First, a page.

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Committee to determine fee as per info given on school websites

Fees, Private schools

03-03-2014

The Times of India

JAIPUR: The fee committee constituted by theSupreme Court will determine the fees of private schools on the basis of what they had mentioned on their websites. The move came after the committee’s repeated reminders to schools seeking information failed to evoke any response.

“The errant schools have left us with no choice but to collect information from their websites and propose fees to them after a one-month notice seeking objections,” said Justice Shiv Kumar Sharma, heading the fee committee. The committee said that they will take only tuition fees into account while charges under other categories will be ignored for determining the fees.

The fee committee constituted under the Rajasthan Fee Act was assigned the task of determining fees of private schools on the basis of expenses they are incurring on education. The state has over 37,000 private schools and almost 2/3 of them are yet to send the required information to the committee. Almost all schools have posted fee structure on their websites.

The fee committee has determined the fees of 400 schools so far and served notices to all of them in this regard. Sharma also cautioned private schools against hiking the fees other than what is prescribed.

The committee found most of the schools making profits more what was permitted. It is the sole reason why majority of them are hesitant to send information. Without disclosing the name, sources said that some schools in the city are making profits to the tune of five crores per year.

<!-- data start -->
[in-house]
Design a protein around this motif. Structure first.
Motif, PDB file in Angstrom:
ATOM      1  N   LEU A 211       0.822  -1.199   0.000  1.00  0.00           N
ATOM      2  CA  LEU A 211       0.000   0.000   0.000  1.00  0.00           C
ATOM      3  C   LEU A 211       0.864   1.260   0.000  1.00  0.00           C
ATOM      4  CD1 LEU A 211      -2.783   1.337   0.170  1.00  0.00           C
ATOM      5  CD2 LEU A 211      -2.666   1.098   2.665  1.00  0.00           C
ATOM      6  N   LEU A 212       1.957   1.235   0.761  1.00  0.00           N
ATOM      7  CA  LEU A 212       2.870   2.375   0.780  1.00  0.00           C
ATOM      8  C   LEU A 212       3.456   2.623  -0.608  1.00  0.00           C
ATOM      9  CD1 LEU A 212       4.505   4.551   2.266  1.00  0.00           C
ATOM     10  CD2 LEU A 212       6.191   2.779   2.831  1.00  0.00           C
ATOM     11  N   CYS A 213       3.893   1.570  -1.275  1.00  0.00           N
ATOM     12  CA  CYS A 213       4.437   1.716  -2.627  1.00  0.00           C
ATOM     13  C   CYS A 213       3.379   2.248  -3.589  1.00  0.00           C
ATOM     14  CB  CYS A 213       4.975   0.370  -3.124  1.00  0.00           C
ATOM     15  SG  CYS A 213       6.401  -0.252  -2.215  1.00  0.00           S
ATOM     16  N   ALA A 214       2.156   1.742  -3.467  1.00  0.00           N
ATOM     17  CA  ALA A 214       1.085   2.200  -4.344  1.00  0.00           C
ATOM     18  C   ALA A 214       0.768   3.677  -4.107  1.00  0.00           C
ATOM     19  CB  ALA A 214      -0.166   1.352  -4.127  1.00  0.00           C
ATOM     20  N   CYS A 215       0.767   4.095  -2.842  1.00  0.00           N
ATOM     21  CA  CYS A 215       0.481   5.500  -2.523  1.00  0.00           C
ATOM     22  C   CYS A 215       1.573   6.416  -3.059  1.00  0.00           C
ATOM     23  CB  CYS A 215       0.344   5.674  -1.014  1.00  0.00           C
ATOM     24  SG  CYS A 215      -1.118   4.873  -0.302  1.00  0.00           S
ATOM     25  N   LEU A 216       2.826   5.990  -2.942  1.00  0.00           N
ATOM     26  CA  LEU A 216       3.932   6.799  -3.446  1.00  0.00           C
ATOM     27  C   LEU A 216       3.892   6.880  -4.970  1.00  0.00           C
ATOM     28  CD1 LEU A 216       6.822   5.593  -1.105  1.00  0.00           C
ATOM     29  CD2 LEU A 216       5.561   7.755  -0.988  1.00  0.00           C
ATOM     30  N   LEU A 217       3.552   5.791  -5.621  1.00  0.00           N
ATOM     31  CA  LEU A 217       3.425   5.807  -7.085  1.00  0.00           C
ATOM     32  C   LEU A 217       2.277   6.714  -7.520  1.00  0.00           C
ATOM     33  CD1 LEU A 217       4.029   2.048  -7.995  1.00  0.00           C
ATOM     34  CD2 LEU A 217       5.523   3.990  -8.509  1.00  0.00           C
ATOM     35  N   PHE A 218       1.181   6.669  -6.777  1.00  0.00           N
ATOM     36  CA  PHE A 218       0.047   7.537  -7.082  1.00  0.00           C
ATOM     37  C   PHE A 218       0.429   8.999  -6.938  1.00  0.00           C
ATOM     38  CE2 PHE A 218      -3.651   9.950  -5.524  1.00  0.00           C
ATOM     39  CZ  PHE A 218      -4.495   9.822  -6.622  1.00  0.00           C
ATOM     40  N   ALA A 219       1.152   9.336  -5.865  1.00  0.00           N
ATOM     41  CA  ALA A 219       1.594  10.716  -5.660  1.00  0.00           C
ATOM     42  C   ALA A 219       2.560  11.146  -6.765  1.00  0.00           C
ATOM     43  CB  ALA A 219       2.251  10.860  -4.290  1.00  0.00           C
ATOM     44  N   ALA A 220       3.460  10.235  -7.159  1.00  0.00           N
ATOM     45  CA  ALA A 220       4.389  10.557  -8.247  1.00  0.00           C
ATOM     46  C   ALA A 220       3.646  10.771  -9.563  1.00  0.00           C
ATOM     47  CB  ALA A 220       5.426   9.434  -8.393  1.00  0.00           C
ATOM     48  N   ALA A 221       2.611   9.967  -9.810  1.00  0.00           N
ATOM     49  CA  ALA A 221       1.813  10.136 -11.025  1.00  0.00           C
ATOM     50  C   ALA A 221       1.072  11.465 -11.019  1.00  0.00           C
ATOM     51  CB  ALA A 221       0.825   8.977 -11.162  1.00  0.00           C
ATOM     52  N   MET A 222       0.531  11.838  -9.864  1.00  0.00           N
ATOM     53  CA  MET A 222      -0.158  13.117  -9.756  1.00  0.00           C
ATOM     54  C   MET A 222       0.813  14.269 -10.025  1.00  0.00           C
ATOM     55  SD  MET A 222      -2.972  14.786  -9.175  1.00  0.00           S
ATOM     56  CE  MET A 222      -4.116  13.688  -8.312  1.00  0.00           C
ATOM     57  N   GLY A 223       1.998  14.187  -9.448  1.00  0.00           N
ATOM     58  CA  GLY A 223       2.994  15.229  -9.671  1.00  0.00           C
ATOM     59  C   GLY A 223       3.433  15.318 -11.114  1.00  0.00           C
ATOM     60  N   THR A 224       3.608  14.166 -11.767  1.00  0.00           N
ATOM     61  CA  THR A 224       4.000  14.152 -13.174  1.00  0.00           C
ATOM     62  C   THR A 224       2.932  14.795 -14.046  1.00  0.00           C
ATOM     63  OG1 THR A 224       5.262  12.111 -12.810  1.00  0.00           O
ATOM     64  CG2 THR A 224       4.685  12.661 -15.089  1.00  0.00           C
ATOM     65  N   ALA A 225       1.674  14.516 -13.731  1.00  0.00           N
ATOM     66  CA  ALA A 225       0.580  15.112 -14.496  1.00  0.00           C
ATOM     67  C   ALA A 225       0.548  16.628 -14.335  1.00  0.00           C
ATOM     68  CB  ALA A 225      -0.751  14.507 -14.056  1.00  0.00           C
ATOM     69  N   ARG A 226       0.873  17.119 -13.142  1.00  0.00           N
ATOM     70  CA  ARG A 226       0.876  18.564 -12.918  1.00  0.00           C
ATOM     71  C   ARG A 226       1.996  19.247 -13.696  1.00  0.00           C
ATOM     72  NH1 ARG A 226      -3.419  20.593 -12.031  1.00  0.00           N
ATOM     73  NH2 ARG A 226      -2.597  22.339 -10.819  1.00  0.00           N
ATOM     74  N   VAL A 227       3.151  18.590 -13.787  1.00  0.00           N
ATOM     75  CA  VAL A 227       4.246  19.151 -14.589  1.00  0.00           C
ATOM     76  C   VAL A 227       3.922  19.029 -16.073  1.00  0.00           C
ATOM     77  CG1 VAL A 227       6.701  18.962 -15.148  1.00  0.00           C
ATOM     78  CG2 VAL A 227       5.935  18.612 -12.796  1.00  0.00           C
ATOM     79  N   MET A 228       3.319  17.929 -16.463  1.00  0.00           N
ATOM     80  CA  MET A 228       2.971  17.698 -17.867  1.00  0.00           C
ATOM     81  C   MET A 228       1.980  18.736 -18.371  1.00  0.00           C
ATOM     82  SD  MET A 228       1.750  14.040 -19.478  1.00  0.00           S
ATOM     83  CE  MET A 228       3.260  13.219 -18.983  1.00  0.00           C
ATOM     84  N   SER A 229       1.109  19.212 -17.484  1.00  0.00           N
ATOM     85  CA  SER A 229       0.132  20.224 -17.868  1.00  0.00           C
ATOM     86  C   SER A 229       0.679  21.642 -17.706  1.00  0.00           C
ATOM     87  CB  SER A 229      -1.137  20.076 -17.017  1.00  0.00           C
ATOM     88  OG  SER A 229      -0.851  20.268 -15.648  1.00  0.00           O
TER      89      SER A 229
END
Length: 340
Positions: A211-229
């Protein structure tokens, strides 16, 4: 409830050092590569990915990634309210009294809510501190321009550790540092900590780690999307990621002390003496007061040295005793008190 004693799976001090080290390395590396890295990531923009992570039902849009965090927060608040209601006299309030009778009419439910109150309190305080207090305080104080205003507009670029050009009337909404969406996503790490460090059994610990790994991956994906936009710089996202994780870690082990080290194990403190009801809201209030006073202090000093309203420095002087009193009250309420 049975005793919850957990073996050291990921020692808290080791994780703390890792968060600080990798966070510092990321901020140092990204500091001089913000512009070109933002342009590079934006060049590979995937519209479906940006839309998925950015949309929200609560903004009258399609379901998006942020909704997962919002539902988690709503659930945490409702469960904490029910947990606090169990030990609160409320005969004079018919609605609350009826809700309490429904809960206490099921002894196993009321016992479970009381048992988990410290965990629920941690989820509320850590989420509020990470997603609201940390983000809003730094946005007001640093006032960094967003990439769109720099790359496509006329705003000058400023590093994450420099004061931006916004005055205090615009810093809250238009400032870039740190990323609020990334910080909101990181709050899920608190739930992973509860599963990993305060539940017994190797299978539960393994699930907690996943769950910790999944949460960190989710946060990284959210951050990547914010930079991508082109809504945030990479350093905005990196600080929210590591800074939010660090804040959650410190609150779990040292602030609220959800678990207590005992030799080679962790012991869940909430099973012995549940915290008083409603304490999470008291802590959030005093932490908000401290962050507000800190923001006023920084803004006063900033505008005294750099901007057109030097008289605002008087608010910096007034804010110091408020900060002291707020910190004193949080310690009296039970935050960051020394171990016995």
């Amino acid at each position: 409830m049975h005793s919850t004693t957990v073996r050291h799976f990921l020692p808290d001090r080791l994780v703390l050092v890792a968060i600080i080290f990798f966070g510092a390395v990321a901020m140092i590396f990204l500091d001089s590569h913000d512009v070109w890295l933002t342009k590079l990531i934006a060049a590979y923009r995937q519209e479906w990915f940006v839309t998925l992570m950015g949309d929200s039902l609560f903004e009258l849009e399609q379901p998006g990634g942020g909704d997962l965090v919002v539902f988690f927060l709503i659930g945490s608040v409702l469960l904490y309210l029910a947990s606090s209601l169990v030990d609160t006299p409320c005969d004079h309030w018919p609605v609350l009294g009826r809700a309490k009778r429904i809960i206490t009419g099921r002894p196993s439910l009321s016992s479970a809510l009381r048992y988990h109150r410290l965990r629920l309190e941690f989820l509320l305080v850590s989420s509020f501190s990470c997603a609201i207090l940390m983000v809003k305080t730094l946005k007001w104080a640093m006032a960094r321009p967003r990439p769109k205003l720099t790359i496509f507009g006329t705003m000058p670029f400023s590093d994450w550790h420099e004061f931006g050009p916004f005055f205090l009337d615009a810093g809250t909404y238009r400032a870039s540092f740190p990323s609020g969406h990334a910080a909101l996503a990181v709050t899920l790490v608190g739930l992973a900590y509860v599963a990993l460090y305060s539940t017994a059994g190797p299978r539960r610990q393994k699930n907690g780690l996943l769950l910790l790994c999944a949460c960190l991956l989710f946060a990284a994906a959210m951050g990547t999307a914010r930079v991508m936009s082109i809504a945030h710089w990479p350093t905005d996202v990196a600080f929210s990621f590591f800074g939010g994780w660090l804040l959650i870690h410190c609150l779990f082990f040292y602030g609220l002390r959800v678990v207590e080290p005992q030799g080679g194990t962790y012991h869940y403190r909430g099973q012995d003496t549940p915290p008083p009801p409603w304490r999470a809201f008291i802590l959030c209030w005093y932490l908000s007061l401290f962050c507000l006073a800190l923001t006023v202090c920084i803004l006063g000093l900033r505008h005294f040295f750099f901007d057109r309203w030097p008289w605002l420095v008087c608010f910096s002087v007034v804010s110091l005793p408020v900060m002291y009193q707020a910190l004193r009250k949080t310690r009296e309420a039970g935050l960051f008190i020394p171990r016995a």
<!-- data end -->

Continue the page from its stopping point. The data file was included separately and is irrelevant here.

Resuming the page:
The committee has said that fees should not be charged under different categories like development, capitation, sports, ECE etc. It should only be tuition fee. The committee said that errant schools have to return fees charged other than tuition fees.

He said that schools which were served notices for hiking fees will face punitive action as per Rajasthan Schools Fee Act.

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Classroom Divisions

Private schools, Public Schools

22-Feb-2014

The Economist

THERE can scarcely be two words in Kenya that cause more resentment than “school fees”. It is now more than ten years since charges for state primary schools in east Africa’s biggest economy were abolished by law. Yet it is an open secret that education is not truly free. In fact, fees are rising. Dorcas Mutoku, a policeman’s wife whose two sons attend a public primary school in the capital, Nairobi, has found that levies have simply been renamed. She has to find the equivalent of $35 for a one-off “signing-on” fee, and pay almost as much again for admission fees. End-of-term exams, uniforms and books cost at least another $10 per child.

Kenya’s parents will get their day in court on February 21st, when a lawsuit will be heard that accuses Jacob Kaimenyi, the education minister, and Belio Kipsang, his top civil servant, of failing to implement the law. Musau Ndunda, head of the national parents’ association, which is bringing the suit, says the government is guilty of “extraordinary doublespeak” when its officials ask why anyone would pay to send their child to school. Adding to Mr Ndunda’s frustration is his awareness, shared by many thousands of Kenyan parents, that the illicit fees are not being spent on better books and facilities but are merely padding the incomes of school administrators, none of whom—as far as he can tell—has been prosecuted.